Trip.com should have performed poorly in the second quarter of this year, as this coincided with the worst of COVID-19 lockdowns in Mainland China. As an indication of how bad things were in the recent quarter, the 0.4% GDP growth for China in Q2 2022 was the second worst in the country’s history, and this was largely attributable to lockdowns and other restrictions put in place to fight the pandemic.
According to the market’s consensus financial estimates sourced from S&P Capital IQ, Trip.com’s top line and normalized profit are forecasted to have decreased by -39% YoY and -87% YoY to RMB3,582 million and RMB93 million, respectively in Q2 2022.
The sell-side’s consensus numbers for TCOM are aligned with the company management’s disclosures at the prior quarterly earnings call. At its Q1 2022 results briefing on June 28, 2022, TCOM shared that “in the (second) quarter-to-date, the industry level air passenger volume (in China) was down by 70% to 90%.”
In a nutshell, Trip.com’s Q2 2022 results are very likely to be bad, but this has already been factored into the analysts’ financial estimates. As such, I am of the view that TCOM’s second-quarter results released next week will be in line with the market’s expectations, implying no significant beat or miss.
Travel Recovery Play In The Intermediate To Long Term
The short-term business outlook for TCOM remains unexciting, as there aren’t any clear signs that China will abandon its COVID-zero stance anytime soon.
Bloomberg reported on September 9, 2022 that China’s “National Health Commission” had “announced a raft of (COVID-19) measures that will be in place until the end of next month (October).” The current consensus is that China will only be ready to pivot away from its COVID-zero strategy when domestic mRNA (Messenger RNA) vaccines are approved and available in China.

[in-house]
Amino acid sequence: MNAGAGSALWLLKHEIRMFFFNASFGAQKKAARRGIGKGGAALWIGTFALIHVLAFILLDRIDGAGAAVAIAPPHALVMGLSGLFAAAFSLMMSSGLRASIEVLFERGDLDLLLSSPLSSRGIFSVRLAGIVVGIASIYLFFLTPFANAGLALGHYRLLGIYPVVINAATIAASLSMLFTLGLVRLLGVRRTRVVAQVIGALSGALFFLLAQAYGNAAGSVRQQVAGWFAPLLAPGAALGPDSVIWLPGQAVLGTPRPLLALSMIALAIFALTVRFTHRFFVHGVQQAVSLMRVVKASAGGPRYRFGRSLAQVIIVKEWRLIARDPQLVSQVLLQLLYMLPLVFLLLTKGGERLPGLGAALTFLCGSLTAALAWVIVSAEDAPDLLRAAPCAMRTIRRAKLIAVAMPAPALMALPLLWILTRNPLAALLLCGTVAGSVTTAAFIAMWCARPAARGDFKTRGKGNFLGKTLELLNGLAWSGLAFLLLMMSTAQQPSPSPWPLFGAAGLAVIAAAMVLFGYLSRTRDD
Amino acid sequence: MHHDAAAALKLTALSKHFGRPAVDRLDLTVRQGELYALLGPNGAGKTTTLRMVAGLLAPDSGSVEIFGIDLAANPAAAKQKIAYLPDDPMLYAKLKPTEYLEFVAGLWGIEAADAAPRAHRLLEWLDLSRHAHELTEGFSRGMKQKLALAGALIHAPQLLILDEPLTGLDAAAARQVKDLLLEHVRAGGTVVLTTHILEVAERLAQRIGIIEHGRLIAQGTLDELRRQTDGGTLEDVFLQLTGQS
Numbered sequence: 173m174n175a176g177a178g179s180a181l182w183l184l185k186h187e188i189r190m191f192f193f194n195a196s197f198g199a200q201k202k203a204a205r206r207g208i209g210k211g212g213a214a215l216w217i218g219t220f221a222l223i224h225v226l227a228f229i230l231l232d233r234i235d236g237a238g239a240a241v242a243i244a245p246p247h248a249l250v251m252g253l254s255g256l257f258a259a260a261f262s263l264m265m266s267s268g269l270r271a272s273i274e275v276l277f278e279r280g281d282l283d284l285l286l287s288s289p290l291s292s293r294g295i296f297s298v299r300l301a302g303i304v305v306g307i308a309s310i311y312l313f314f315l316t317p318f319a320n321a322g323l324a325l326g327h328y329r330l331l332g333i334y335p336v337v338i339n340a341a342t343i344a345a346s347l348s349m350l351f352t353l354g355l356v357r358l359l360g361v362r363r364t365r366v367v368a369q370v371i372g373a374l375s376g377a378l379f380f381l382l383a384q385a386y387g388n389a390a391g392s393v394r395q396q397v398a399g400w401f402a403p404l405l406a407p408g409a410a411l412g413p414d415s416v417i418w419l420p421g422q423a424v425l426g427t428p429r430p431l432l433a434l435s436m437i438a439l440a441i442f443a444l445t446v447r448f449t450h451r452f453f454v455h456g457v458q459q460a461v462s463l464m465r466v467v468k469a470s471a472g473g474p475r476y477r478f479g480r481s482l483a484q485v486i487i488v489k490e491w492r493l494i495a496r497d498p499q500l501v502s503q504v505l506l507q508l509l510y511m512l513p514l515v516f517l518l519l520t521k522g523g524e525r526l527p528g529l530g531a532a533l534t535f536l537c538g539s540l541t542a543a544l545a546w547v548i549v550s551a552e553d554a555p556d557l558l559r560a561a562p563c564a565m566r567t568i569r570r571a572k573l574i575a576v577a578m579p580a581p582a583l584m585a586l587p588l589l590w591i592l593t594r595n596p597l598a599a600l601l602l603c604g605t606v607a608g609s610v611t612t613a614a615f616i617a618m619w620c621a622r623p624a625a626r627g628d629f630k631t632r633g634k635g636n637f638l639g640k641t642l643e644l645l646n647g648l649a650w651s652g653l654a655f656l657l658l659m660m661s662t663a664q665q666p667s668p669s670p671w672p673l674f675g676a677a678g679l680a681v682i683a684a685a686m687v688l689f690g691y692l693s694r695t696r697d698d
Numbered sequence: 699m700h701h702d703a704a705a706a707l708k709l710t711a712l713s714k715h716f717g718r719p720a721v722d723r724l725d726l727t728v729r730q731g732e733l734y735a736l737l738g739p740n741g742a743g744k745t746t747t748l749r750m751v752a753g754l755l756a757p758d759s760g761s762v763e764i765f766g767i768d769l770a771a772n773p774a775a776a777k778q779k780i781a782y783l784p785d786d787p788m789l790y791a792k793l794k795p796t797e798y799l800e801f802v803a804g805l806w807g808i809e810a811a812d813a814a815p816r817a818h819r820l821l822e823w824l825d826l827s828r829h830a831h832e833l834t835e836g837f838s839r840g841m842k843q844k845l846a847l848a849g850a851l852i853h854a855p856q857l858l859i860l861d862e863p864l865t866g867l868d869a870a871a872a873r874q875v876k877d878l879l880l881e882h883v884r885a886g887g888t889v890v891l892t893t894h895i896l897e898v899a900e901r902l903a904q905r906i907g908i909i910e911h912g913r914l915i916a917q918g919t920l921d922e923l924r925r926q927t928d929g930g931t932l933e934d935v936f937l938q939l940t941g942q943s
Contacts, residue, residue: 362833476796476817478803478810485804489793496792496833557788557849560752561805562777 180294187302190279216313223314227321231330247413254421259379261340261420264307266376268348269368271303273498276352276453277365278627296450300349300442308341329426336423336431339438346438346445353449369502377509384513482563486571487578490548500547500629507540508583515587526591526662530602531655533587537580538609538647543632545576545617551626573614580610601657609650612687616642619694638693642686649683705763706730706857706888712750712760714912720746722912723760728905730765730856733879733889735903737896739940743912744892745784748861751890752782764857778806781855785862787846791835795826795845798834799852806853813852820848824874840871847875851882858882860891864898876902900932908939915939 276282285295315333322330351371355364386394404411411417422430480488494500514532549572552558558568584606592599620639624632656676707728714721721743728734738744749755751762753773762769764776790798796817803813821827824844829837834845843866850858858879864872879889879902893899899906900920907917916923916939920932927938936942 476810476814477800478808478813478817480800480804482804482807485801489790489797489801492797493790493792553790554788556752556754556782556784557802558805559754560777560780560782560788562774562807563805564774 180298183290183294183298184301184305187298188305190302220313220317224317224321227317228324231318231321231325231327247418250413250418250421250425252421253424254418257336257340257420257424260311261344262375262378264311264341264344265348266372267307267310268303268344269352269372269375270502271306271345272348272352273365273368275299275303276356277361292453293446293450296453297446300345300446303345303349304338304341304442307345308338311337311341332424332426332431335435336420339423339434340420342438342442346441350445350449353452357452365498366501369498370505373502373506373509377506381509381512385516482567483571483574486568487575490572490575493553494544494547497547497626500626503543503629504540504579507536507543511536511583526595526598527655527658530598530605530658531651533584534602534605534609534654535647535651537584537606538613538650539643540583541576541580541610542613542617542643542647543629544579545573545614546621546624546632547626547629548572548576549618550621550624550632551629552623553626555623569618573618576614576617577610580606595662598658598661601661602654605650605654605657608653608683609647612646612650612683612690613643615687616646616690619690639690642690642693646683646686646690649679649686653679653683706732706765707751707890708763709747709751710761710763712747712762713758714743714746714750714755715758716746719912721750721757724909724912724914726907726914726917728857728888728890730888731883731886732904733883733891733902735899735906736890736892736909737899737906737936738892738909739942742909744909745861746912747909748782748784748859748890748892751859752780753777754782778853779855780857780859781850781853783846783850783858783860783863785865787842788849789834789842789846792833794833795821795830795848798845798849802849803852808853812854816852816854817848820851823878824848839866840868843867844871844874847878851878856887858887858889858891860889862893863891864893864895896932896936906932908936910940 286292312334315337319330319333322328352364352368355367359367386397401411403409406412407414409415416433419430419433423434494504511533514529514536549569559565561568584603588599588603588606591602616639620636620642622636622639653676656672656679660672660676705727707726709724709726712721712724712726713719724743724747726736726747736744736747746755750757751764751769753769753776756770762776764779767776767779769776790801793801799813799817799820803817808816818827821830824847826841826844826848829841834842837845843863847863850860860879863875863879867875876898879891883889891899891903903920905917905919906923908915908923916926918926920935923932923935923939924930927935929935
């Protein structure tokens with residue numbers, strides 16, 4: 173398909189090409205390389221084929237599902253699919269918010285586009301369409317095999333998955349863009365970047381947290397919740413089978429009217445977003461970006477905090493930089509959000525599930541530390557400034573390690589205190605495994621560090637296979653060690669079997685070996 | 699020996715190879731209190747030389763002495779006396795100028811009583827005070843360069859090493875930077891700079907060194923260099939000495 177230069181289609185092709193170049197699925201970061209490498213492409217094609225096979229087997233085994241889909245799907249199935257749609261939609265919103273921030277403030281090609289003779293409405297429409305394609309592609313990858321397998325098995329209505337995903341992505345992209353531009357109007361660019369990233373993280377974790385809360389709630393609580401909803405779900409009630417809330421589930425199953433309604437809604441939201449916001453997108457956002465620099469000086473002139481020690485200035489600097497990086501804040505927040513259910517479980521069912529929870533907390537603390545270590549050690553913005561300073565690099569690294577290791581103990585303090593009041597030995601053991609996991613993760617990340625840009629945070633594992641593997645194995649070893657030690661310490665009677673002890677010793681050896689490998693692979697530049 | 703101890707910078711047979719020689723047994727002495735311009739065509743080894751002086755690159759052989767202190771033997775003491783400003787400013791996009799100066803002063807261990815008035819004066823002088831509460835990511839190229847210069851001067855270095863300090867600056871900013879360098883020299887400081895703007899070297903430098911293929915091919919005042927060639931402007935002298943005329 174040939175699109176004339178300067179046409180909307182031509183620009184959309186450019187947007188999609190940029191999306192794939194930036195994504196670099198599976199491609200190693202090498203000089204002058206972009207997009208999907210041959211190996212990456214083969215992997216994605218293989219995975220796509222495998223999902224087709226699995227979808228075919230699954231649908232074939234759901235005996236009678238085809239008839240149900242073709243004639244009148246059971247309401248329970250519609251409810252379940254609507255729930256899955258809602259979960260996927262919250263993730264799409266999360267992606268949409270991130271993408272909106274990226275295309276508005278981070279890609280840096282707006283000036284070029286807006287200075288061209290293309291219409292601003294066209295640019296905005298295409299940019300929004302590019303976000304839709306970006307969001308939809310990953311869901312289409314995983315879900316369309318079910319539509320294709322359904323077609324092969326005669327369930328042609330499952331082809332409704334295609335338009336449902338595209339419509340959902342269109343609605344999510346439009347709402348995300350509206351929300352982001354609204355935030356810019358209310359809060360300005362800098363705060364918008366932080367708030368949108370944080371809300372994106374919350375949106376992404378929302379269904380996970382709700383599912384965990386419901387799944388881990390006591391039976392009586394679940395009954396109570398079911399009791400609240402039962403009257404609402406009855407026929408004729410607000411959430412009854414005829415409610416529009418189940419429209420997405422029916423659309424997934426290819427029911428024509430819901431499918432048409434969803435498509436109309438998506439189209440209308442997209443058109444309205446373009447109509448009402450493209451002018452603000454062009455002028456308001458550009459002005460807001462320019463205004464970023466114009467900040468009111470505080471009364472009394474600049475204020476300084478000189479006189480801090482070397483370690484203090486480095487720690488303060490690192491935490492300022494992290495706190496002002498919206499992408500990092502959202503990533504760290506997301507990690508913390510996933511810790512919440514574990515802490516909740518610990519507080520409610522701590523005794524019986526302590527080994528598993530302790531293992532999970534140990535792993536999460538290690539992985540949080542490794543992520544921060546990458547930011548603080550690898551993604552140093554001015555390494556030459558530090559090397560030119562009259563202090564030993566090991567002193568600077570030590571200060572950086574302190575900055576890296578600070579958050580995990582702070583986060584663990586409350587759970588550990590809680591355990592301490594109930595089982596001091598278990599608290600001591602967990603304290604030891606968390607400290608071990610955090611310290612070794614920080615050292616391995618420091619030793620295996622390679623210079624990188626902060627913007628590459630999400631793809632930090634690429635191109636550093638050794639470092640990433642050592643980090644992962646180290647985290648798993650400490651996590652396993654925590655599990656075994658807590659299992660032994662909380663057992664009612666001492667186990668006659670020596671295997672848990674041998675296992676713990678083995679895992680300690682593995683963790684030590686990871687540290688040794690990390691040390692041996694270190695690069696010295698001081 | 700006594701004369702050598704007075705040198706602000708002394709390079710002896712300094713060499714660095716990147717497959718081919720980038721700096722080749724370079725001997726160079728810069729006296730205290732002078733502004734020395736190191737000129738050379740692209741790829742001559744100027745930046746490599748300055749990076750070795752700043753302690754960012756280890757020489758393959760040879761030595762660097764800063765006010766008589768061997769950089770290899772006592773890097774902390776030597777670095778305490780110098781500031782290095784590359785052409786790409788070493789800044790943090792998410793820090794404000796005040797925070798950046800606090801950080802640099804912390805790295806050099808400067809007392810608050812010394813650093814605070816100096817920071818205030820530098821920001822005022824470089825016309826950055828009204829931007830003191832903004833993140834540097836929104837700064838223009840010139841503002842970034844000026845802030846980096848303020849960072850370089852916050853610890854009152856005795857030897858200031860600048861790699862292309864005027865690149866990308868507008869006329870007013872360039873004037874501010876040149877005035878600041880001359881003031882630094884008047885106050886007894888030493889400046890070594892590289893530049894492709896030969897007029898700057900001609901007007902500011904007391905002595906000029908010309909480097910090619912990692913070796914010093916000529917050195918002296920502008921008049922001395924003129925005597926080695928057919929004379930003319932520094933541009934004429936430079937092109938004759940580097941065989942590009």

On the flip side, Trip.com appears to be an attractive travel recovery in the medium to long term.
A February 2019 report published by McKinsey referred to TCOM as “China’s largest online travel agency”, and highlighted that China is “the world’s largest outbound-travel market.” Any indications in the future suggesting that China plans to relax pandemic restrictions will be a major re-rating catalyst for the stock. In terms of a potential time frame for this investment idea, the sell-side’s consensus financial projections as per S&P Capital IQ point to Trip.com’s revenue exceeding its pre-COVID sales of RMB35.7 billion for the first time by 2024.
More significantly, Trip.com’s shares have yet to price in the future easing of COVID-19 restrictions and resulting recovery in travel. Based on its done share price of $25.94 as of September 14, 2022, TCOM is now valued by the market at 17.0 times pre-pandemic fiscal 2019 P/E. As a comparison, Trip.com traded at a mean forward P/E of around 28 times in the one year prior to the COVID-19 outbreak.
Trip.com is a Hold-rated stock in my view. TCOM’s P/E valuations are undemanding, based on the assumption of an eventual recovery to pre-pandemic net profit levels. But it is premature to be bullish on Trip.com’s shares, as there aren’t any indicators suggesting that a change in China’s COVID-zero policy is going to happen soon.
Author: The Value Pendulum, Seeking Alpha